Andrew Mellor hears the British soloist perform in Helsingborg Konserthus, Denmark, on 14 March 2019

Lawrence Power brought soul and stature to Berlioz

Lawrence Power brought soul and stature to Berlioz

You have to see the Helsingborg Symphony Orchestra’s season to believe it. Every concert has a world premiere and/or music by a woman, and the overture–concerto–symphony format is pretty much extinct. ‘We wanted a concert about the viola, so we had to call you,’ said conductor Stefan Solyom to Lawrence Power during this particular smorgasbord. Before Power had played a note, the orchestra’s principal viola gave us a beautiful solo in Emmy Lindström’s Serenad.

Power played two Dowland songs, Flow my tears and If my complaints could passions move, varying colours from verse to verse. He then gave a heartfelt performance of Britten’s ‘variations in search of a theme’, Lachrymae. If the orchestra could sound mushy under Solyom’s direction, it provided plenty of razor-sharp edges in Bernard Herrmann’s Psycho Suite that followed.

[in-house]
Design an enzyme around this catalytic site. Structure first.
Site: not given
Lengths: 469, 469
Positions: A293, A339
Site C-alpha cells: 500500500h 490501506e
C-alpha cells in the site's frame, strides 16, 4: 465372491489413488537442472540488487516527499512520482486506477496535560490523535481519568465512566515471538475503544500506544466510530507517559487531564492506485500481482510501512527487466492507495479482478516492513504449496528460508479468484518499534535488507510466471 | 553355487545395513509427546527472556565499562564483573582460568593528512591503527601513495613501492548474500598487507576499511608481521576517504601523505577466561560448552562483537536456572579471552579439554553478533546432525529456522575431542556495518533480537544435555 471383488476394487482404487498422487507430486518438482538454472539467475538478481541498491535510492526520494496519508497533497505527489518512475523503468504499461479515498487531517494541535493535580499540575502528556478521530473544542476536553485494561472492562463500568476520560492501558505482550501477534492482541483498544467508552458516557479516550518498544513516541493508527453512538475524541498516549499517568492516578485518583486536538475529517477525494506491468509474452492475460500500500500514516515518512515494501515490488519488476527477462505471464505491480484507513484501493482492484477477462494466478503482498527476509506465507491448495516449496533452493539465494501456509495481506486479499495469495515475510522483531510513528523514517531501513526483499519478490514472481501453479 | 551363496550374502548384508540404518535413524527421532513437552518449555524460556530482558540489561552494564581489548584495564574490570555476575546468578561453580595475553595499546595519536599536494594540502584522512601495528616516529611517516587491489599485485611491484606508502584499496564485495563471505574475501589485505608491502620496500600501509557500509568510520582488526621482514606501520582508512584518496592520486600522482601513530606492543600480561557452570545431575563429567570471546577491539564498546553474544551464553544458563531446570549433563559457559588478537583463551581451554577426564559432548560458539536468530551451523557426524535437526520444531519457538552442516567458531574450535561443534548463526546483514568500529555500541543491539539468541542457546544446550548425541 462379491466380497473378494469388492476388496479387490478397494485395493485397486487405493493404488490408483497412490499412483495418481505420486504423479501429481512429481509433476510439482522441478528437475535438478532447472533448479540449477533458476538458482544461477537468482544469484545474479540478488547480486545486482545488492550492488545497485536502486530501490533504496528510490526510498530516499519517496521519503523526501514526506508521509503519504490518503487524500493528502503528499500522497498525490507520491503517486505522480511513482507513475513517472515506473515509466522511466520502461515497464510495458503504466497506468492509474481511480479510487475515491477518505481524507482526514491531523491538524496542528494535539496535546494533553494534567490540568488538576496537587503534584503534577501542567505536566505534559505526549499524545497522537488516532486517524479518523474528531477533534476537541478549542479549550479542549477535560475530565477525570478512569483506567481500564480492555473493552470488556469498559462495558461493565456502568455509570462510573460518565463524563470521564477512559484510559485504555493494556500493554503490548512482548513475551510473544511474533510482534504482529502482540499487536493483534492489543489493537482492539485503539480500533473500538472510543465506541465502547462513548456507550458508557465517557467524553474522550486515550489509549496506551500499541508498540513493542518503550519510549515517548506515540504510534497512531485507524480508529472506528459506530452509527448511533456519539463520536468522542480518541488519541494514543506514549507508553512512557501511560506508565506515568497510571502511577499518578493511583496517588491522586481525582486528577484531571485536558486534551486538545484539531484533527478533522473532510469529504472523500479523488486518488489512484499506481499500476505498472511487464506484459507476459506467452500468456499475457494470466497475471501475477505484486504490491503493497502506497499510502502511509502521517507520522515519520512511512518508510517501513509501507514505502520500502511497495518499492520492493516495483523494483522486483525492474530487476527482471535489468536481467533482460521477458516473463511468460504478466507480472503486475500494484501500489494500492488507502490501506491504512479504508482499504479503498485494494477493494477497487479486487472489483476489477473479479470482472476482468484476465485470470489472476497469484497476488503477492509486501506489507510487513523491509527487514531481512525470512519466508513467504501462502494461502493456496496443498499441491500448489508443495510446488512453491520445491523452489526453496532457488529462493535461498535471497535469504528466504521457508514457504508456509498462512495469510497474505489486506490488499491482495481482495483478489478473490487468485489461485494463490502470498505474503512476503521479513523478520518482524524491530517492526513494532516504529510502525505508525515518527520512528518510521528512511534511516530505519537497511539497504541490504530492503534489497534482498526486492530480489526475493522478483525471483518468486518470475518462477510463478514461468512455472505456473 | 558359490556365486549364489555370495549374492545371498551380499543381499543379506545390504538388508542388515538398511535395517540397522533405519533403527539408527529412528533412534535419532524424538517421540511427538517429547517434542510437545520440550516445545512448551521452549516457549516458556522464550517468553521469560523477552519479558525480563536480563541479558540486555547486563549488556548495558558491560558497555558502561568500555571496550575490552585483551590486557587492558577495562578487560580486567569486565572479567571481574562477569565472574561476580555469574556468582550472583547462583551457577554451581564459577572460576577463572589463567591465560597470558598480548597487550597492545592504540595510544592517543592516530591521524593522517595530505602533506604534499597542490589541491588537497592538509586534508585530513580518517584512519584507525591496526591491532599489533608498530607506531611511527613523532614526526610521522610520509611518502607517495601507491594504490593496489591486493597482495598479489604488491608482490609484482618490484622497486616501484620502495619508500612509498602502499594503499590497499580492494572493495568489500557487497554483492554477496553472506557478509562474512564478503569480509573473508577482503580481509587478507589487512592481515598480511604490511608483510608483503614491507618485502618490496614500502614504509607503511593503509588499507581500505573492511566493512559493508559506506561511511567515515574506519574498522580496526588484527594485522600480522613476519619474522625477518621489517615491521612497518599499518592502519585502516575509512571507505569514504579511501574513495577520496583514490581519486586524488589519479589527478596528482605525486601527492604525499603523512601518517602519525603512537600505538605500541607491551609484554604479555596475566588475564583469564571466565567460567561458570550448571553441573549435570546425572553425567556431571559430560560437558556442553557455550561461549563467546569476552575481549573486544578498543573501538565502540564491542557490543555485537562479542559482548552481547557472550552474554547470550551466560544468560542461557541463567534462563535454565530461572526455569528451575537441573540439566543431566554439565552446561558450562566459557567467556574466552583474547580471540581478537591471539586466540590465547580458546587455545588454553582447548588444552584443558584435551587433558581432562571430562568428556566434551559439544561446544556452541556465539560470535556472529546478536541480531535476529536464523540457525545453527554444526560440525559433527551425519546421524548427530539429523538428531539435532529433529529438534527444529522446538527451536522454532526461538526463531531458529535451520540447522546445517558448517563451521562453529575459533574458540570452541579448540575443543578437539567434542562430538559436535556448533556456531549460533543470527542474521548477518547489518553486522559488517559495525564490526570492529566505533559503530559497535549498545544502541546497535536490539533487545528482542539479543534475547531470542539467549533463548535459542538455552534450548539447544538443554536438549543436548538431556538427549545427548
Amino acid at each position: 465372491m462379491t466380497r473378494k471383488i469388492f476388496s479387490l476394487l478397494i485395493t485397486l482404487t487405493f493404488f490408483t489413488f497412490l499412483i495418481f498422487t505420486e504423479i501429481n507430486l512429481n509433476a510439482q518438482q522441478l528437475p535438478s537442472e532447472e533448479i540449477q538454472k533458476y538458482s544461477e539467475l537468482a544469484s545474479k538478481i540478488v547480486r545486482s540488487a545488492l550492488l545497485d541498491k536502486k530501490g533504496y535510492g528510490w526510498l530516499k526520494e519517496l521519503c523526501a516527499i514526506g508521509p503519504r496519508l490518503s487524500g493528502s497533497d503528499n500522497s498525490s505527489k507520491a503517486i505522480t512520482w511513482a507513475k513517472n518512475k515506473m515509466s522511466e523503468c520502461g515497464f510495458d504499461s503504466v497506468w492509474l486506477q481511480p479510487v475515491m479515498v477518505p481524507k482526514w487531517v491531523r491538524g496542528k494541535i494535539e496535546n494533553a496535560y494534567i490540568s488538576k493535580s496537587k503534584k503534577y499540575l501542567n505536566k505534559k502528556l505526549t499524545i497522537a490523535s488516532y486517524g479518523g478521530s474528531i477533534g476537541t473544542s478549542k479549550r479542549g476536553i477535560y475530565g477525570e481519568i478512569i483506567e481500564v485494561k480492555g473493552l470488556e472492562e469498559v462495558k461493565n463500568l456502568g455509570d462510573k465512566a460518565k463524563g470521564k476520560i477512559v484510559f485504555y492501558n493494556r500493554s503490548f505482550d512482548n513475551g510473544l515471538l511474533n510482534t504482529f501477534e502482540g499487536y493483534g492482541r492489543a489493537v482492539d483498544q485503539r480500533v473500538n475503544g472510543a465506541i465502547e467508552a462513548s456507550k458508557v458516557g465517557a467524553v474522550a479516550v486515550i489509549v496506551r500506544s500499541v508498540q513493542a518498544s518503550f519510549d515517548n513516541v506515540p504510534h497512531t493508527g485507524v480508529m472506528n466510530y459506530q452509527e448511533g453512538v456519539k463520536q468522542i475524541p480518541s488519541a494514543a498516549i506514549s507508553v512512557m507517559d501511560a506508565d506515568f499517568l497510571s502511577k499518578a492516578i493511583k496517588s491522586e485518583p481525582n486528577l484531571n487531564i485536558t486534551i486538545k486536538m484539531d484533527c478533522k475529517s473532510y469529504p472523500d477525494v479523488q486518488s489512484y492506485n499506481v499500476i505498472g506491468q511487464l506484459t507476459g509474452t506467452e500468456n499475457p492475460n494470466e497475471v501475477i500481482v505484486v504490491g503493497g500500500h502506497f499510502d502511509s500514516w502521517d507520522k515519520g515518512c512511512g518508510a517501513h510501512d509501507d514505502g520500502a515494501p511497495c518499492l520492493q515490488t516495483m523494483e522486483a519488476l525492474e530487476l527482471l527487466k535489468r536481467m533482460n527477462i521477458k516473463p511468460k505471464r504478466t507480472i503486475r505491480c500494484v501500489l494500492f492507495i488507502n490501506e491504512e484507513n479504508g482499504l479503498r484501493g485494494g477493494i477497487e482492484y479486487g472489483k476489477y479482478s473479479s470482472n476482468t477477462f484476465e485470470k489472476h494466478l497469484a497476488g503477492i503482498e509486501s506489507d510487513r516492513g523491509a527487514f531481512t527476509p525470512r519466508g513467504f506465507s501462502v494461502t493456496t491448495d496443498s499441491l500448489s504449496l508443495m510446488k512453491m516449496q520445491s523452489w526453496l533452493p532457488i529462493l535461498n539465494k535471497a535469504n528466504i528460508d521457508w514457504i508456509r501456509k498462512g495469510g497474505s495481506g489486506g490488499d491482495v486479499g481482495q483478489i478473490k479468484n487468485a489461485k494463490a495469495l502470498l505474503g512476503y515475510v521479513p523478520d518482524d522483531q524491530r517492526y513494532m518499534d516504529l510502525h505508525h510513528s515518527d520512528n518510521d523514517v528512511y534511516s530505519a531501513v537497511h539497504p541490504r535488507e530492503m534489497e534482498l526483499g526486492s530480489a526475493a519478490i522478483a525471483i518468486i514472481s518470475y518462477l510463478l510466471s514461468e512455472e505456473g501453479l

In his symphony with solo viola Harold in Italy, Berlioz wanted the viola to represent an actual person. Power proved an eloquent facilitator of that wish, making it all about the sound of his instrument despite his strong physical presence. He started out standing with the solo harp during his first entry, and ended in the auditorium. There were technical feats – those sul ponticello arpeggios were as a light, fresh breeze – but Power brought soul, optimism and stature to Berlioz’s radical work and tempered the orchestra’s occasional overexcitement.


Photo: Morgan Pålsson